This brings me to considering medical tourism. The challenge I forsee currently is that Humira needs to be refrigerated. I’m not quite sure how I’ll get past customs with a year’s supply of Humira on ice.
Anyway, I’m investigating it and my doctor encouraged me. Additionally, he joked that I needed to take him with me wherever I go. Travel reward miles anyone??
I’m going to doing some research and then my boss & I will work out some kind of arrangement. If I can figure out a way to make this work and preserve our policy, it’ll be a win/win.
I’m all about thinking outside the box so I consider this a fun little experiment.
Going to the Foundation
I realize there is an incredible amount of research behind these miracle drugs. Additionally, I recognize they need to be paid. However, with the drastic disparities in costs all over the world, I see that there is a BIG problem here in the U.S.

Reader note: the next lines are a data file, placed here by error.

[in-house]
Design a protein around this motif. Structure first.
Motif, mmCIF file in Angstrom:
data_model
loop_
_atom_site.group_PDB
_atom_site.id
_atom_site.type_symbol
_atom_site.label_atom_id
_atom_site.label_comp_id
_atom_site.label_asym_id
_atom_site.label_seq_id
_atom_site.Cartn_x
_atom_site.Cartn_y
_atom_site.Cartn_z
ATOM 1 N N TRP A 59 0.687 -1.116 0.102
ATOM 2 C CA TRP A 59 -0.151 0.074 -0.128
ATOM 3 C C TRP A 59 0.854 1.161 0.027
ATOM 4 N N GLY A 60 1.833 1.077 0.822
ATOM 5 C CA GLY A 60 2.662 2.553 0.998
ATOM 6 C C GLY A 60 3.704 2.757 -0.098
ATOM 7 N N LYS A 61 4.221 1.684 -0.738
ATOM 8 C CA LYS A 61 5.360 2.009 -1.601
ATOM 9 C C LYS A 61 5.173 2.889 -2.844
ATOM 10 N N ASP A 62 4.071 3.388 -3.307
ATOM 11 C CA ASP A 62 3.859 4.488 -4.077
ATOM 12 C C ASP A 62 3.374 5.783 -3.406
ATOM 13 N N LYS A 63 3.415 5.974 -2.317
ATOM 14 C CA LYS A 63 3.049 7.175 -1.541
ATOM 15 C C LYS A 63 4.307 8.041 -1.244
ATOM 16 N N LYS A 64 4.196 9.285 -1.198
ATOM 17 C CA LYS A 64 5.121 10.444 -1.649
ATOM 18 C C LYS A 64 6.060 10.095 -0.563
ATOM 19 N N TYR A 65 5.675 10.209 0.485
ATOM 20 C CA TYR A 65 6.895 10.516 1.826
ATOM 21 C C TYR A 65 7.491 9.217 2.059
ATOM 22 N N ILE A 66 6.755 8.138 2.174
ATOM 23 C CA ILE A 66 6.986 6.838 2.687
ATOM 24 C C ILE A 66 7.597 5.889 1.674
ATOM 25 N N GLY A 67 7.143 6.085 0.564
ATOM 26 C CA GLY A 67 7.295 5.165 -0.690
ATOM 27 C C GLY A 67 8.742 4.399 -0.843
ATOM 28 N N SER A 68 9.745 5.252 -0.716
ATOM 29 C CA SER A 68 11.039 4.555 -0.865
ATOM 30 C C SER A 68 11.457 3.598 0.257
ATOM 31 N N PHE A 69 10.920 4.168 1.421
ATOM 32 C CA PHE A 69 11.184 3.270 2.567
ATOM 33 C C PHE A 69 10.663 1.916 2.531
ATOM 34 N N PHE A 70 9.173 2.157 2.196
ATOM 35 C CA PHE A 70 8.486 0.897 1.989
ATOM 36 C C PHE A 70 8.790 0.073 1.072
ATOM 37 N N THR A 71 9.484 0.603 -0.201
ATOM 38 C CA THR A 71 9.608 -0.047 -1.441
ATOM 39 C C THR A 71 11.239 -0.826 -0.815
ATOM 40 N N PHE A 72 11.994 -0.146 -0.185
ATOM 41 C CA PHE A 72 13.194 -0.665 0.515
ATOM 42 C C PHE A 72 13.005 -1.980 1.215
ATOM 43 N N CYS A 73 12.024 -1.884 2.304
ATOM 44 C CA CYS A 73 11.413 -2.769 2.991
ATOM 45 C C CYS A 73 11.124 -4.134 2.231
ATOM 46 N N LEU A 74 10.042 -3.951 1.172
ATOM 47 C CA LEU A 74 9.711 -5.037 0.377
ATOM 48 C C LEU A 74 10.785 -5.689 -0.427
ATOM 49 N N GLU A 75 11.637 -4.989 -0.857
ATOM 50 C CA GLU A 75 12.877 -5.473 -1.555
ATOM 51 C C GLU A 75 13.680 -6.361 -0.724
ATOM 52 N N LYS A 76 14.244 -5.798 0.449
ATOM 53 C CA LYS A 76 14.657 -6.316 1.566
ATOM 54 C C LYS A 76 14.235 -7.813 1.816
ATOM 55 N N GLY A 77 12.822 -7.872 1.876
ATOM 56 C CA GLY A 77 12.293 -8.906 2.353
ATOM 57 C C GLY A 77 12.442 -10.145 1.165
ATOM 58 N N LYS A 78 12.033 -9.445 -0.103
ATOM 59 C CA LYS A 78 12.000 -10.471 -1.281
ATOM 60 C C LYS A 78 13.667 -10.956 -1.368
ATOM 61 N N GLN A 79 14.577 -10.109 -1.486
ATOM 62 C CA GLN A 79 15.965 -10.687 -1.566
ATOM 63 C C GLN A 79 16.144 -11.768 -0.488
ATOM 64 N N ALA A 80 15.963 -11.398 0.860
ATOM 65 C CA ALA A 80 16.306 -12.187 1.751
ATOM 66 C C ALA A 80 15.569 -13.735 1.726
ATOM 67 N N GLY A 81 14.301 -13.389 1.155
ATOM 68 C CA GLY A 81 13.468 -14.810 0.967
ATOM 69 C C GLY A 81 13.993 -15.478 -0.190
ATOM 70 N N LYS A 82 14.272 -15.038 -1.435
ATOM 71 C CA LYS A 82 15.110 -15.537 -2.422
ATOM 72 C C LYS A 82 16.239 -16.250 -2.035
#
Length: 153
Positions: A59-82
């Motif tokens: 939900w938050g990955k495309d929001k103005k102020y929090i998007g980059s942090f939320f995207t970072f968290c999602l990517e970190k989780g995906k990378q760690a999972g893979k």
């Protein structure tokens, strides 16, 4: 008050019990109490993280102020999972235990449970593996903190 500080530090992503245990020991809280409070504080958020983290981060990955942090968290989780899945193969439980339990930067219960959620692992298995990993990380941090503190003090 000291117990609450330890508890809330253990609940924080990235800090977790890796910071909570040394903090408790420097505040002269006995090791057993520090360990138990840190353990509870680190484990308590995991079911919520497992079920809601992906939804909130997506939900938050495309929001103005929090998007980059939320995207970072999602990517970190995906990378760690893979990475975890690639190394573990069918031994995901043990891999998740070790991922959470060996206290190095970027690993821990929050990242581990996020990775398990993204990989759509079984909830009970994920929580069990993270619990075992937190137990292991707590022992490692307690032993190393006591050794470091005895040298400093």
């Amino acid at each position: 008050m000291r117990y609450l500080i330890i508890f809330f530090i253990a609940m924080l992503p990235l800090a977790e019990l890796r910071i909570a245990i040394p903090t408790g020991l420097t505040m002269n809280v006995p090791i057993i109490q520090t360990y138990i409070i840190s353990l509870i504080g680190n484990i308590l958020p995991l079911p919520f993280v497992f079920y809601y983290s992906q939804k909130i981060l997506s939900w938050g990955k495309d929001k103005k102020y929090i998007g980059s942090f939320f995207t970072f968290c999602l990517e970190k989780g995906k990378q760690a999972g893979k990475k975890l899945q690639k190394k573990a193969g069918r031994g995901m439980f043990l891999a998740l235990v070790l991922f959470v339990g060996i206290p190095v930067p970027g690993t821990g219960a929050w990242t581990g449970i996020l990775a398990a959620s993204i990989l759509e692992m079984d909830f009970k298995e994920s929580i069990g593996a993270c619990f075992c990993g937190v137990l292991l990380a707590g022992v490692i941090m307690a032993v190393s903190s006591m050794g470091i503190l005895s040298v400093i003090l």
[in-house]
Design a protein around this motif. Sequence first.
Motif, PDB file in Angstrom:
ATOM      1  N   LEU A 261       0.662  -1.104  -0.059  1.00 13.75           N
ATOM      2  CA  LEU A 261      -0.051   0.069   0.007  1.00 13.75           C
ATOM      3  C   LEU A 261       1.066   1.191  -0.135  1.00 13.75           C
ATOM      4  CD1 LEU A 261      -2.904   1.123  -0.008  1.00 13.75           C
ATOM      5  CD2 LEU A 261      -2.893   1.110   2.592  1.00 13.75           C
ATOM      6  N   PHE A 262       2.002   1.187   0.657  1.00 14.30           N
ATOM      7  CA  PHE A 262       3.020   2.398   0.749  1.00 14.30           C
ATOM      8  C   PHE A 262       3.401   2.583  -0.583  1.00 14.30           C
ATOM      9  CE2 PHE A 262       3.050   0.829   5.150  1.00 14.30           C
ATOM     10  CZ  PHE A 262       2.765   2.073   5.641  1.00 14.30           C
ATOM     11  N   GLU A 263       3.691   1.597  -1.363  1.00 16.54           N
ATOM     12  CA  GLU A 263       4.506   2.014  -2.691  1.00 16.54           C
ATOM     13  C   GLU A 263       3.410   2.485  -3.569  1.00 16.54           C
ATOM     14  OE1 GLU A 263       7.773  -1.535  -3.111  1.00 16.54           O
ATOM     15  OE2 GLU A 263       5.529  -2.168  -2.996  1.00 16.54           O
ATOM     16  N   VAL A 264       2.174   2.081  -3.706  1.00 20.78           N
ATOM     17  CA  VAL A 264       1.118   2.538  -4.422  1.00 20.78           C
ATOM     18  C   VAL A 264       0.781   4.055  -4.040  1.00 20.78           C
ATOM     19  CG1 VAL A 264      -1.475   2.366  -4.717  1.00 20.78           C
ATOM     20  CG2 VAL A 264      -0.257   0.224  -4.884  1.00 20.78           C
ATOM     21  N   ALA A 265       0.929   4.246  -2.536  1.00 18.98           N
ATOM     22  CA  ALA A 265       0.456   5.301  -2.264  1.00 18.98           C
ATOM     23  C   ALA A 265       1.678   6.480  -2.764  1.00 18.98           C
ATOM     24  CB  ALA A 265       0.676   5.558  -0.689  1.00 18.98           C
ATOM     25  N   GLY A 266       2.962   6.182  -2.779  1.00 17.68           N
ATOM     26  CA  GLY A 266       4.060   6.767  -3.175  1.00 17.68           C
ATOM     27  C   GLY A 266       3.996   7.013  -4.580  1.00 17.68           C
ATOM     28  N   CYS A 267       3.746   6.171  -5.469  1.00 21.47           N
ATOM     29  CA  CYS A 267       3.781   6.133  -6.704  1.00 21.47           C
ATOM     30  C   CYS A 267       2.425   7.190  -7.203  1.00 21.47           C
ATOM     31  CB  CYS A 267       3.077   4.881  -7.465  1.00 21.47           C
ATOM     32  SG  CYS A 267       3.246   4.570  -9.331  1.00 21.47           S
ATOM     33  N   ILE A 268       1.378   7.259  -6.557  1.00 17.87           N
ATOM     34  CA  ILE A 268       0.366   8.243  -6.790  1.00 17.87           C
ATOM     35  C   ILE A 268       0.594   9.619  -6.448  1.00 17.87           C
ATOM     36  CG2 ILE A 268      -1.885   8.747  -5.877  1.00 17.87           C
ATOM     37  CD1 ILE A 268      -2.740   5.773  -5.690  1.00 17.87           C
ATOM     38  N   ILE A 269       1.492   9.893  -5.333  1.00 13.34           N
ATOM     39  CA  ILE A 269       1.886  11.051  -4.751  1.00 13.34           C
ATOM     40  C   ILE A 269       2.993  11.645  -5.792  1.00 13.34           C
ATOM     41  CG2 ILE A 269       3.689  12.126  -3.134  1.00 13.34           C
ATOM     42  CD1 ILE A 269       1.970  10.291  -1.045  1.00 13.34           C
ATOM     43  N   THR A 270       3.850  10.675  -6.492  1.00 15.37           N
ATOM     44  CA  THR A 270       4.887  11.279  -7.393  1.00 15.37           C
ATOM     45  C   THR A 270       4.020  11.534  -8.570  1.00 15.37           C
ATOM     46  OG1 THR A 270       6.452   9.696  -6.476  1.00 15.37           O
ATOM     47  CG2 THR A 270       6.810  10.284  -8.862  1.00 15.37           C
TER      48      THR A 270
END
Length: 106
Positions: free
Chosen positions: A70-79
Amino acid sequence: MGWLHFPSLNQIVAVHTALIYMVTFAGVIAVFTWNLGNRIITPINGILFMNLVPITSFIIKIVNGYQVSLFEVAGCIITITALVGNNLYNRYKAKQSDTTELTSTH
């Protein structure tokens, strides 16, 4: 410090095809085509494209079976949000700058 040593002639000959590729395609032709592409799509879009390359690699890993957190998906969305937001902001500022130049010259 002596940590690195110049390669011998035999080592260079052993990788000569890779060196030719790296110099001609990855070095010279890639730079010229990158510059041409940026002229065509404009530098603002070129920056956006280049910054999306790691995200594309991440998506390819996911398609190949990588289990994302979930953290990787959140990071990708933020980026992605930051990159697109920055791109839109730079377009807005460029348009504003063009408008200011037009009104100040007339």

Before I explore medical tourism, I will approach the Humira foundation to see if I can be approved for some type of discounted program outside of my insurance. I’d like to think there is some altruism behind the creation of this drug and they’d want to help me. Furthermore, it’s in their best interest in me being a continuous customer.
We’ll see if anything turns up here. Doubtful but worth asking.
It’s incredibly frustrating to find a solution for a condition but then to be faced with the outrageousness of it all. I’m writing this as I imagine there are others who’ve been faced with high-cost prescriptions and similar frustrations.
My doctor said something that really stood out to me – the most important thing is my health. He said everything else really doesn’t matter if we don’t have our health. How can I argue that?
I’m going to embark on this experiment but if nothing really pans out maybe I’ll be forced to just take it as it is. However, it cannot hurt to try. Things don’t really change if we never challenge them, right? I’ll share my progress and results with you right here on my blog so stay tuned.
Have you experienced outrageous costs with your healthcare? Would you be willing to consider medical tourism?